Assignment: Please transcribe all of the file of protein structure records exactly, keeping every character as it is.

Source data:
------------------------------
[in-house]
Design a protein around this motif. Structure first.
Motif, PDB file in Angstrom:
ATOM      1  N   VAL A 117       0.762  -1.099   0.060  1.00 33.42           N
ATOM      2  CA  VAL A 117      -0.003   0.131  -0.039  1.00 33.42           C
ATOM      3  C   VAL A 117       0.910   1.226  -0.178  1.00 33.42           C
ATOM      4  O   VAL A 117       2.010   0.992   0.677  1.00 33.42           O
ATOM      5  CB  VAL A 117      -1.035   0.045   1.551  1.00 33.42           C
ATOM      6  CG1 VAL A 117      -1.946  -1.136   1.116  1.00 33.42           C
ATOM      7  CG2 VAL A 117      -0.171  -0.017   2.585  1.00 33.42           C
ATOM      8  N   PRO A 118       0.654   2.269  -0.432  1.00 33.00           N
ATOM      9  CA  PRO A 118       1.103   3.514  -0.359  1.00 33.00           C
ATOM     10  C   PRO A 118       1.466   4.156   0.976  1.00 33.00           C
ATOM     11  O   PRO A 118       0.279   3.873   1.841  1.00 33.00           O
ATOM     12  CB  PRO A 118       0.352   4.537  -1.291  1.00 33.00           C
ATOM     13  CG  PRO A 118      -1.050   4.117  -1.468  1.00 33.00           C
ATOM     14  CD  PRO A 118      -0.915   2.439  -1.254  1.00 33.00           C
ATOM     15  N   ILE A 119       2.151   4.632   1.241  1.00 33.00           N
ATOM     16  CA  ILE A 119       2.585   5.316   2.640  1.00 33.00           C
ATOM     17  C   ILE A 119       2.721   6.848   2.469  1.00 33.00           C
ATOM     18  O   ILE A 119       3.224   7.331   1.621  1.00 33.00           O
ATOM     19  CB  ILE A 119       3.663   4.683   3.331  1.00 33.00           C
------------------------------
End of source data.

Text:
[in-house]
Design a protein around this motif. Structure first.
Motif, PDB file in Angstrom:
ATOM      1  N   VAL A 117       0.762  -1.099   0.060  1.00 33.42           N
ATOM      2  CA  VAL A 117      -0.003   0.131  -0.039  1.00 33.42           C
ATOM      3  C   VAL A 117       0.910   1.226  -0.178  1.00 33.42           C
ATOM      4  O   VAL A 117       2.010   0.992   0.677  1.00 33.42           O
ATOM      5  CB  VAL A 117      -1.035   0.045   1.551  1.00 33.42           C
ATOM      6  CG1 VAL A 117      -1.946  -1.136   1.116  1.00 33.42           C
ATOM      7  CG2 VAL A 117      -0.171  -0.017   2.585  1.00 33.42           C
ATOM      8  N   PRO A 118       0.654   2.269  -0.432  1.00 33.00           N
ATOM      9  CA  PRO A 118       1.103   3.514  -0.359  1.00 33.00           C
ATOM     10  C   PRO A 118       1.466   4.156   0.976  1.00 33.00           C
ATOM     11  O   PRO A 118       0.279   3.873   1.841  1.00 33.00           O
ATOM     12  CB  PRO A 118       0.352   4.537  -1.291  1.00 33.00           C
ATOM     13  CG  PRO A 118      -1.050   4.117  -1.468  1.00 33.00           C
ATOM     14  CD  PRO A 118      -0.915   2.439  -1.254  1.00 33.00           C
ATOM     15  N   ILE A 119       2.151   4.632   1.241  1.00 33.00           N
ATOM     16  CA  ILE A 119       2.585   5.316   2.640  1.00 33.00           C
ATOM     17  C   ILE A 119       2.721   6.848   2.469  1.00 33.00           C
ATOM     18  O   ILE A 119       3.224   7.331   1.621  1.00 33.00           O
ATOM     19  CB  ILE A 119       3.663   4.683   3.331  1.00 33.00           C